KJ7LDX
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Re: Radioddity sale

Post by KJ7LDX » Thu May 07, 2020 10:30 am

VK3KYY wrote:
Sun Apr 12, 2020 10:36 am
One other thing that strikes me about that block diagram is that potentially this chip only has 32k of RAM, which is very low for the class of processor that is normally used in these radios.

The NXP MK22 in the GD-77 has 128k and I think the STM32F4 in the MD-380 has a similar amount of RAM.

I think the features in the OpenGD77 currently take around 75k of RAM, so it would be impossible to implement the full functionality in any radio that had that chip, even if all the complex technical hurdles of reverse engineering the peripherals was possible.


I agree with Colin.

The firmware for all radios which uses the HR-Cxxxx DMR chips, is almost certainly written by the chip manufacturer, not by TYT or Baofeng.

The HR-C7000 seems like a whole new generation of this series. This time we have a Software application manual, which is more detailed.

VK3KYY
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Re: Radioddity sale

Post by VK3KYY » Thu May 07, 2020 10:49 am

maozhenyu wrote:
Thu May 07, 2020 10:30 am
VK3KYY wrote:
Sun Apr 12, 2020 10:36 am
One other thing that strikes me about that block diagram is that potentially this chip only has 32k of RAM, which is very low for the class of processor that is normally used in these radios.

The NXP MK22 in the GD-77 has 128k and I think the STM32F4 in the MD-380 has a similar amount of RAM.

I think the features in the OpenGD77 currently take around 75k of RAM, so it would be impossible to implement the full functionality in any radio that had that chip, even if all the complex technical hurdles of reverse engineering the peripherals was possible.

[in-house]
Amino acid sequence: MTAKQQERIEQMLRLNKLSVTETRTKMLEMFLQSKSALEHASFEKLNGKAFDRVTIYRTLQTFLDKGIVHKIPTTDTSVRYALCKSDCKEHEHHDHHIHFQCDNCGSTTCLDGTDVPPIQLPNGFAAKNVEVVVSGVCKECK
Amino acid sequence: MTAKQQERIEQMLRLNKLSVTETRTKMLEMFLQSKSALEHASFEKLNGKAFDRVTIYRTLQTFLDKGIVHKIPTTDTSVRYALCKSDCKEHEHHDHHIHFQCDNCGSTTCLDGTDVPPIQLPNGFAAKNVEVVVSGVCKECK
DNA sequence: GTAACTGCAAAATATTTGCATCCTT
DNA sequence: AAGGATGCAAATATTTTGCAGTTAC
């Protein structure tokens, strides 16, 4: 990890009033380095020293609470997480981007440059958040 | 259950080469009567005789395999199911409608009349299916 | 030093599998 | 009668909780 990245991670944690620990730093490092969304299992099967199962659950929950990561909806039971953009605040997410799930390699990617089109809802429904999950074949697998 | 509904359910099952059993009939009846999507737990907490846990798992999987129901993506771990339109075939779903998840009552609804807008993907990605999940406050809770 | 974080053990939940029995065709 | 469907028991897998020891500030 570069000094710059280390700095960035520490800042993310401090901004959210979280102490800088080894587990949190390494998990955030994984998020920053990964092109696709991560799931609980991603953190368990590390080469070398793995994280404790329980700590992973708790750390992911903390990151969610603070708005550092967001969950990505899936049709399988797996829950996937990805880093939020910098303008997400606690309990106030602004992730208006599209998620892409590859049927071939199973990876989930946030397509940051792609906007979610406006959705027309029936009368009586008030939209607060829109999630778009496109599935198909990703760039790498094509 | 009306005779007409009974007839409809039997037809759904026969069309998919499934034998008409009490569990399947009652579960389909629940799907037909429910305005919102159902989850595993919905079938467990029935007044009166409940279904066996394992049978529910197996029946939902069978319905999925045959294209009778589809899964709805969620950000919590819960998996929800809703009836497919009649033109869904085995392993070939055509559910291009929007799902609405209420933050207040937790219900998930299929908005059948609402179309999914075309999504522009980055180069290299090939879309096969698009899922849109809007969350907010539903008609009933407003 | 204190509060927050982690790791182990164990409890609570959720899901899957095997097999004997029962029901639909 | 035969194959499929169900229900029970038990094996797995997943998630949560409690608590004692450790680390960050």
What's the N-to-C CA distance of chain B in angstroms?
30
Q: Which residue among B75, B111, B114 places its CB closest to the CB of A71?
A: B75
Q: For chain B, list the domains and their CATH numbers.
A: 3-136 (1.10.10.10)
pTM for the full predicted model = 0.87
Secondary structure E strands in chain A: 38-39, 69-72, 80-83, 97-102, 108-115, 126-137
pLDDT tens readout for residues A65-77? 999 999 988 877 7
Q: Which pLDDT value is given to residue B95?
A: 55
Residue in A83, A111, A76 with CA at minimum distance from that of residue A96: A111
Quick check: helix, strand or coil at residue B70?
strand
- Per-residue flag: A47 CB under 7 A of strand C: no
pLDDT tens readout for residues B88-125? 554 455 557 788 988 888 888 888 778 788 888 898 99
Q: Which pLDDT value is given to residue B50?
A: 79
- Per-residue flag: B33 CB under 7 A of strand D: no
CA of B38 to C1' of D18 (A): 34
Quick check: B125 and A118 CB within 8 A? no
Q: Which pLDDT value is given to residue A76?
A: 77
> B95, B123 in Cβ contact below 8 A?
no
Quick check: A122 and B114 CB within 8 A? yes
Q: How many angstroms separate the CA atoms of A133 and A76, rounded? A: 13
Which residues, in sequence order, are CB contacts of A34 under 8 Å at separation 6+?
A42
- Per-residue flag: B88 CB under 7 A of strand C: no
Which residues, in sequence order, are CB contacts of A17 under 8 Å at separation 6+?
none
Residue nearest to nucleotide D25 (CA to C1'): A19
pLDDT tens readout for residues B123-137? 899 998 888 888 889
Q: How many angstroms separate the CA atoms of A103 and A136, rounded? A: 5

I agree with Colin.

The firmware for all radios which uses the HR-Cxxxx DMR chips, is almost certainly written by the chip manufacturer, not by TYT or Baofeng.

The HR-C7000 seems like a whole new generation of this series. This time we have a Software application manual, which is more detailed.
I think you will have difficulty writing firmware for this device even with the manual, as it doesn't use a normal CPU core.

You would need to find the compiler toolchain for this Chinese CPU device, and you will also need to write the SDK / API to control its hardware, which will take a considerable amount of time. Probably thousands of hours.

KJ7LDX
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Re: Radioddity sale

Post by KJ7LDX » Thu May 07, 2020 11:00 am

VK3KYY wrote:
Thu May 07, 2020 10:49 am
maozhenyu wrote:
Thu May 07, 2020 10:30 am
VK3KYY wrote:
Sun Apr 12, 2020 10:36 am
One other thing that strikes me about that block diagram is that potentially this chip only has 32k of RAM, which is very low for the class of processor that is normally used in these radios.

The NXP MK22 in the GD-77 has 128k and I think the STM32F4 in the MD-380 has a similar amount of RAM.

I think the features in the OpenGD77 currently take around 75k of RAM, so it would be impossible to implement the full functionality in any radio that had that chip, even if all the complex technical hurdles of reverse engineering the peripherals was possible.


I agree with Colin.

The firmware for all radios which uses the HR-Cxxxx DMR chips, is almost certainly written by the chip manufacturer, not by TYT or Baofeng.

The HR-C7000 seems like a whole new generation of this series. This time we have a Software application manual, which is more detailed.
I think you will have difficulty writing firmware for this device even with the manual, as it doesn't use a normal CPU core.

You would need to find the compiler toolchain for this Chinese CPU device, and you will also need to write the SDK / API to control its hardware, which will take a considerable amount of time. Probably thousands of hours.
I am not sure, does that mean we have to upload the program to CK803s and operate the whole radio?

I got here is the building tools for CK803s http://www.tinios.com/download/demo/C-S ... DK_GCC.zip and this is the user manual https://download.csdn.net/download/chuanlbs/10815528 (CK802/CK803/CK803S/CK803ER1/CK803F/CK803EFR1 use the same building tool kits called CDK.

PS2. CK803s has a RAM of 288KB and I think the program itself is located in the flash